Mildred Pierce (1945)
Written by Ranald MacDougall
Directed by Michael Curtiz
I’ve come to realize Joan Crawford is a far more complicated person than pop culture has made her out to be. Most people think of “No wire hangers!” or some other element of Mommie Dearest. I wouldn’t doubt Crawford wasn’t a great mother, but she certainly feels like someone ahead of her time as an actress. The role of Mildred Pierce is not a glamorous one. She’s an older woman whose daughter steals the spotlight, but Pierce is also so complex and layered, making choices that can’t be seen as operating inside your standard binary thinking. It’s the rich nuance and texture you’d expect from a story written by James M. Cain, a predominately noir-leaning author.
Monte Beragon is murdered in the opening scene. He’s a wealthy playboy who was the second husband of local entrepreneur Mildred Pierce (Crawford). She’s told by the police her ex-husband Bert has confessed to the murder, but she knows that’s wrong. Thus the film takes us back four years to see how Mildred ended up in this horrible position. We see how Bert leaves her for another woman, how Mildred struggles to raise her two daughters, how eldest child Veda (Anny Blyth) becomes spoiled, and how Mildred becomes the head of a lucrative food business. All the while, Mildred is aware that the people she has surrounded herself with are a mix of genuinely loyal and craven opportunists. All this leads to that fateful night and the shooting, where Mildred’s entire world is destroyed.
There was a cultural shift in America during World War II where women were propelled into a place of admiration for labor and independence. When the war wound down, and the men were returning home, there was an expectation that women would go back into being passive domestics. As we can see with the oppressive culture of the 1950s, for the most part, this did happen. However, women like Mildred wanted more, yet they lived in a society where men were the gatekeepers to becoming financially independent. Her purpose for the men she encounters is as a servant and sex object. When the news of her husband’s abandonment reaches his business partner Wally the man can’t wait to get over to the Pierce house and start ordering Mildred around. He knows masculinity is something Mildred needs to survive and plays into an established hierarchy.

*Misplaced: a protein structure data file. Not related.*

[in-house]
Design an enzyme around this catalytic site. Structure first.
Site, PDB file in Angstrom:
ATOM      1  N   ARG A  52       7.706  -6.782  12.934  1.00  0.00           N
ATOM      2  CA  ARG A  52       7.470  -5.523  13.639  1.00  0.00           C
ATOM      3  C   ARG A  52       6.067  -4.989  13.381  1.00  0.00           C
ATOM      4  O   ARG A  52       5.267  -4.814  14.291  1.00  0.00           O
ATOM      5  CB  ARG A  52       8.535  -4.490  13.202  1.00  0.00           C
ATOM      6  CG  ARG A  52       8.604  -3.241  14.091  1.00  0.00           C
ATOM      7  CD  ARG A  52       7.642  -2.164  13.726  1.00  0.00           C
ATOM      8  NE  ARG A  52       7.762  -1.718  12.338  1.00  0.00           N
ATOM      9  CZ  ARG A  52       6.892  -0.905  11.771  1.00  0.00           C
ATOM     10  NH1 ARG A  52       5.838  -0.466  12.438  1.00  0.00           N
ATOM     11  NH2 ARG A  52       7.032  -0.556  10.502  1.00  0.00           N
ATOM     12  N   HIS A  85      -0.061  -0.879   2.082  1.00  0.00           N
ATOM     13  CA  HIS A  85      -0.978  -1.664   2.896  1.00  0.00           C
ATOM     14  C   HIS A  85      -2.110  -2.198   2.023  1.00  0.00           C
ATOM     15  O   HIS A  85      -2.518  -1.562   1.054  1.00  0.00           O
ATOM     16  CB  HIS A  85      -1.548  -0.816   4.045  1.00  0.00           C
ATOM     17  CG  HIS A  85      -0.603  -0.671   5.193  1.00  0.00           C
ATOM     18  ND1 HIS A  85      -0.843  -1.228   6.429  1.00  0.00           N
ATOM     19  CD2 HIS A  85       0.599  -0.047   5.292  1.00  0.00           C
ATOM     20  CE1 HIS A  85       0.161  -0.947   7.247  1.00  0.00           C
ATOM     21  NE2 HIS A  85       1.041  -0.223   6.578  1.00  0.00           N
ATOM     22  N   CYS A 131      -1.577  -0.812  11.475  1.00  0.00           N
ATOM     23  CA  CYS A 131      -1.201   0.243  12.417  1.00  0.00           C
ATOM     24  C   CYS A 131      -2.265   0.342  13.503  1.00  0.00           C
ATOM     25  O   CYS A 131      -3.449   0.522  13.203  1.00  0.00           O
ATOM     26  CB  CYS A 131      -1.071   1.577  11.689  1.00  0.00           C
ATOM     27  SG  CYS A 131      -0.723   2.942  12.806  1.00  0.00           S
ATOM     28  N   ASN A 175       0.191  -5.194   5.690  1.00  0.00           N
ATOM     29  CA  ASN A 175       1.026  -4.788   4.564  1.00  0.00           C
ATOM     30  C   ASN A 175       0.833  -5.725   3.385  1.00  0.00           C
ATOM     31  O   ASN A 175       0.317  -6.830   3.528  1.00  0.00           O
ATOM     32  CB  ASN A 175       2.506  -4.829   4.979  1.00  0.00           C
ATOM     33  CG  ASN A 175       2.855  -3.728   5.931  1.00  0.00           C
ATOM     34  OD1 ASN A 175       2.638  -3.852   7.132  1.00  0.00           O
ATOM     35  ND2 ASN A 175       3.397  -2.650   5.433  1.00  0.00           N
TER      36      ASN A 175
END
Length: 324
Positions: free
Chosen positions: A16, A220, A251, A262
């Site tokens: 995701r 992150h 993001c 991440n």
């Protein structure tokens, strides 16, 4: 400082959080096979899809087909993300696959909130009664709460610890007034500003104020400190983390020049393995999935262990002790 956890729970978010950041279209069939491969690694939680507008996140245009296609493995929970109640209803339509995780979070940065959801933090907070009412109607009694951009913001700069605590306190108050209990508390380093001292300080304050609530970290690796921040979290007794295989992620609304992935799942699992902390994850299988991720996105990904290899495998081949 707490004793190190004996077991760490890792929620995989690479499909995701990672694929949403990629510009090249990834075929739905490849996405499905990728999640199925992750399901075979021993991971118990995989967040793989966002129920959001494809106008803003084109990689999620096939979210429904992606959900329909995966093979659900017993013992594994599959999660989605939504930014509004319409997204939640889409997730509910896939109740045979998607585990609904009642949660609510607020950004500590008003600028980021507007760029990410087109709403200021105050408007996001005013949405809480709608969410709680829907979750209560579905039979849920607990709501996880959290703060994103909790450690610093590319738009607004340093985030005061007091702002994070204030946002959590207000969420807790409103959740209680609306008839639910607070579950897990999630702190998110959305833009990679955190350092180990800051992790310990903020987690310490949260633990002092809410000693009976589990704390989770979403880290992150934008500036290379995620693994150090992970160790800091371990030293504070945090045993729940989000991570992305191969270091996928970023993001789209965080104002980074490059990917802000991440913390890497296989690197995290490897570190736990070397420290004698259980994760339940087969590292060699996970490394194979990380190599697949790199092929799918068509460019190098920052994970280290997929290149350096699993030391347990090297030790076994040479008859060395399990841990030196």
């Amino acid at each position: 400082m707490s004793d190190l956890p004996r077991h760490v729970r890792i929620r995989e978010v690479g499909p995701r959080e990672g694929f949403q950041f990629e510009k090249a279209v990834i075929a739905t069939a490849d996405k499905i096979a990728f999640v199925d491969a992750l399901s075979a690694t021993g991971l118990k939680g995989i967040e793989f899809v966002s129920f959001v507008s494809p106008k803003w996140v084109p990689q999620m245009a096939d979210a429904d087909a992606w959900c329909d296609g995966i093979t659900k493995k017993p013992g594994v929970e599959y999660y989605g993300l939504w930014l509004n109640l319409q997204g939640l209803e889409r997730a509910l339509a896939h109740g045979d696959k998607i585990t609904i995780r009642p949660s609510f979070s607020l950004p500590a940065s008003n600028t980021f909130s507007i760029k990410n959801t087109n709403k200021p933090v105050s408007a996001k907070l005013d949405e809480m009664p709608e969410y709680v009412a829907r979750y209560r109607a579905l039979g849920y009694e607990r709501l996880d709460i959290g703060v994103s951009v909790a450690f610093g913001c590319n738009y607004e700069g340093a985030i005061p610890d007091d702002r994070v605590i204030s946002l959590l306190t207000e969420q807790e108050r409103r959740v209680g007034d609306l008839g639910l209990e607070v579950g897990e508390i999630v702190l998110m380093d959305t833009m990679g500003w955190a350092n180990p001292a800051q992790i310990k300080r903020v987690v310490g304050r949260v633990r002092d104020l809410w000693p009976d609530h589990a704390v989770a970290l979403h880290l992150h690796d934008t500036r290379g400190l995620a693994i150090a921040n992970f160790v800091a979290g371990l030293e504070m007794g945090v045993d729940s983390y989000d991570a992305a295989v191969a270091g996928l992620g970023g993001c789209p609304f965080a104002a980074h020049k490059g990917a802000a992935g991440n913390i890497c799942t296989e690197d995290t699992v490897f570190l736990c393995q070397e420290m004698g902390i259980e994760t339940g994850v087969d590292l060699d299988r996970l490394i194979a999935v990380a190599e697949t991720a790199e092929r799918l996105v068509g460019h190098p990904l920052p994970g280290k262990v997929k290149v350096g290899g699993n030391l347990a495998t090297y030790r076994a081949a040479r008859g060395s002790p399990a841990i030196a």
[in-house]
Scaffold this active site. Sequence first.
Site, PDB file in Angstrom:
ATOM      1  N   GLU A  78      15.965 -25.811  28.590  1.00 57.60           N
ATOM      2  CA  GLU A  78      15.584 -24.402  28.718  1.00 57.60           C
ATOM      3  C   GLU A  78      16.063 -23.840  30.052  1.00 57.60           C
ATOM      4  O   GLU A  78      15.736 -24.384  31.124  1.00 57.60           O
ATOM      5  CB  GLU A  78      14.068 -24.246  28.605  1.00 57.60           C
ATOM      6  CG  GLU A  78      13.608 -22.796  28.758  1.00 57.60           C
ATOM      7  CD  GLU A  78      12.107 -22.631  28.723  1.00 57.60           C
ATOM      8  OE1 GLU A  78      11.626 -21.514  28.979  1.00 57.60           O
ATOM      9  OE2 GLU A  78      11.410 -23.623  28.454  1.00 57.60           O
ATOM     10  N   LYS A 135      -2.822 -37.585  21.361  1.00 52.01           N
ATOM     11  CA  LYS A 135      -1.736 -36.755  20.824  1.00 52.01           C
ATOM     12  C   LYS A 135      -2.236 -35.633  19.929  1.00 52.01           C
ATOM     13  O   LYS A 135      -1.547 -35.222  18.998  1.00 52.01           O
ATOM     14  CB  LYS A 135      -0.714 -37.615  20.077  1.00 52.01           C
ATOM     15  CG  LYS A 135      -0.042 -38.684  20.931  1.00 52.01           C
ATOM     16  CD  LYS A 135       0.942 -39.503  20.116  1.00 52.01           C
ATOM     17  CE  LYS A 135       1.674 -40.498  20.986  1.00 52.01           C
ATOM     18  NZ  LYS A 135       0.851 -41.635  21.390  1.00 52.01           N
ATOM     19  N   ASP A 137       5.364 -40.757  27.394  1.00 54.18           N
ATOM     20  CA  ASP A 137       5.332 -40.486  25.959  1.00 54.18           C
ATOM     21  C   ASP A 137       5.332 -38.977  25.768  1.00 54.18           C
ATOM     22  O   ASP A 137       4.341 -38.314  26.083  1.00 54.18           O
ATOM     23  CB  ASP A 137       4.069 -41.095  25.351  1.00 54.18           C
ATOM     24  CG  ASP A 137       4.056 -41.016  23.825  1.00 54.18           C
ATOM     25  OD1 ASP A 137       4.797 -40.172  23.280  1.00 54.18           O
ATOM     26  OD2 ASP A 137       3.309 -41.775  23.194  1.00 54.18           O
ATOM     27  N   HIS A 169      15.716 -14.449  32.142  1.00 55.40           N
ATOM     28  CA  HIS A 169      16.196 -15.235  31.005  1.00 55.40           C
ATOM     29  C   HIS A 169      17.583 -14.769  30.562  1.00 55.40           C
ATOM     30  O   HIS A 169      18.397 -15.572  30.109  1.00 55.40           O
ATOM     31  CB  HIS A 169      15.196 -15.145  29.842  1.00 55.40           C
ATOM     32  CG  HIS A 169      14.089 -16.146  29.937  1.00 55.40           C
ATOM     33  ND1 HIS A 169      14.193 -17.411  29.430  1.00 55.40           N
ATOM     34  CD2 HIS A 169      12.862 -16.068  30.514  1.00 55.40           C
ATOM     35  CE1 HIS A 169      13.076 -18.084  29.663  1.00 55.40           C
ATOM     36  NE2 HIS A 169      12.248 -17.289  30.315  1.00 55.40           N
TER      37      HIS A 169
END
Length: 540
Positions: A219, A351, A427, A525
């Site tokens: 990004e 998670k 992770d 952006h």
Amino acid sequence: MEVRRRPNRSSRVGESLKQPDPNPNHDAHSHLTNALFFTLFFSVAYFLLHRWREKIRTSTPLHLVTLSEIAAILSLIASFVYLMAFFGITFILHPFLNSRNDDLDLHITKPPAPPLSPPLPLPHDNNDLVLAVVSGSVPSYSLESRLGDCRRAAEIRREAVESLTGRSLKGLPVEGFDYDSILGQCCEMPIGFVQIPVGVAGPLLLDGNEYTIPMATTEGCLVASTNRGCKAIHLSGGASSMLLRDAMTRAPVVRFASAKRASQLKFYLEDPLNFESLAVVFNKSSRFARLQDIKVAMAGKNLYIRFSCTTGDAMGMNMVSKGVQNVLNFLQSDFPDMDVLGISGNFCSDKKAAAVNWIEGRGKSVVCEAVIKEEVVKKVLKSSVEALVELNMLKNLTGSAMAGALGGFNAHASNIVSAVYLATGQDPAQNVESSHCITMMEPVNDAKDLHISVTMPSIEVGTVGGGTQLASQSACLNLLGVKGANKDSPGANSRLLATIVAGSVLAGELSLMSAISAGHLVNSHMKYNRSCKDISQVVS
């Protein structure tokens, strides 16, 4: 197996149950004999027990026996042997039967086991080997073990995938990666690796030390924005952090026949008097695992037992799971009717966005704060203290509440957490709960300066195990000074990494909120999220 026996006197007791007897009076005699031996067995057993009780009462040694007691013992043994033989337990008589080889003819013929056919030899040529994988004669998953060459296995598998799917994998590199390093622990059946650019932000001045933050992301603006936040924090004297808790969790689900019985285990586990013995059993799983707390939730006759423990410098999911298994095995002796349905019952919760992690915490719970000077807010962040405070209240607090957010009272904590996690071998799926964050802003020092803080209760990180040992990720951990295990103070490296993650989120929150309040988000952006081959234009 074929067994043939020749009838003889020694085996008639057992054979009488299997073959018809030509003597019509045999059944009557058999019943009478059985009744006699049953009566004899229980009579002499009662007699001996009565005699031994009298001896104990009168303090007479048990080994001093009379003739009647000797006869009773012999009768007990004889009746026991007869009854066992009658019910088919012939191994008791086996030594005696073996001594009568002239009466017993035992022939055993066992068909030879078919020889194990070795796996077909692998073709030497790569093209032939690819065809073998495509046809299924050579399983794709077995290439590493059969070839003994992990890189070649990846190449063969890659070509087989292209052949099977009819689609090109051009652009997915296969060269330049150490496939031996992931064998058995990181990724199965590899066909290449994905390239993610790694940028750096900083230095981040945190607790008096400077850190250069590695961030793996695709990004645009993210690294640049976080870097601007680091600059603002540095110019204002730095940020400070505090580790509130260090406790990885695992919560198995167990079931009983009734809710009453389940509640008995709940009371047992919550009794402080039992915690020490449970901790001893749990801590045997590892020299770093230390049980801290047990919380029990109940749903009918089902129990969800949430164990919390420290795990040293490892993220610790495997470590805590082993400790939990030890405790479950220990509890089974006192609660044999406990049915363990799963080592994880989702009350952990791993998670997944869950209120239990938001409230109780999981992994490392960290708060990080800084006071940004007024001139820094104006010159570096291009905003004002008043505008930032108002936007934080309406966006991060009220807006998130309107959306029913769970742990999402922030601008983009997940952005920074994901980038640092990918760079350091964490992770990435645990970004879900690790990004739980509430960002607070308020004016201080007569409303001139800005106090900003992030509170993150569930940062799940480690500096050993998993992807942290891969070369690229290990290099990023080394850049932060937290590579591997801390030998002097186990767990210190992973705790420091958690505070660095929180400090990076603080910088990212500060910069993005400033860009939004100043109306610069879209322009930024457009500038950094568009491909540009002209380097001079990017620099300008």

This leads her to marry Monte, an act she views as entirely transactional, a move calculated to help her. And it infuriates men like Bert and Wally, who don’t care for Mildred taking control of the direction of her life. Monte helps fund her business venture not because he has faith in their success but because it gives him access to Mildred’s body. This food business grows directly out of how women were viewed at the time; they are domestics that feed the hungry, so she can pivot out of being a housewife by playing into these stereotypes.
There is an argument that the movie promotes ideas that women should stay out of the workplace. However, the horrors that befall Mildred can be traced back to her absence in the home. The terrible fates of her daughters might have been avoided if poor Mildred had just stayed at home and had snacks ready for afterschool. But, the life Mildred has access to is portending for her daughters. The misery she would have suffered by bending to Bert’s whims would inevitably be visited upon the girls with their own future partners. I would like to believe the film is defending women, but it’s a tough defense to make.
This was coming out amid high moralizing within American cinema, and film scholars have made some compelling arguments that Mildred Pierce is misogynistic propaganda meant to show women how being absent from the home will lead to the moral downfall of their children. If you look at the picture’s conclusion, we see Mildred walking into the sunset with Bert, who cheated on her and left the mother of his children. She’s leaving the workforce, and this is framed as a “happy ending.” Due to the Hays Code, Monte had to be murdered rather than just shot, and there had to be other dubious morality forced on the characters, which wasn’t present in Cain’s novel. That said, Mildred Pierce is a fantastically made noir film, but it should be approached with the understanding that its perspective is not kind towards women. Instead, it can be viewed as a horror film about being a woman in such oppressive circumstances and one of Michael Curtiz’s stronger theatrical accomplishments.
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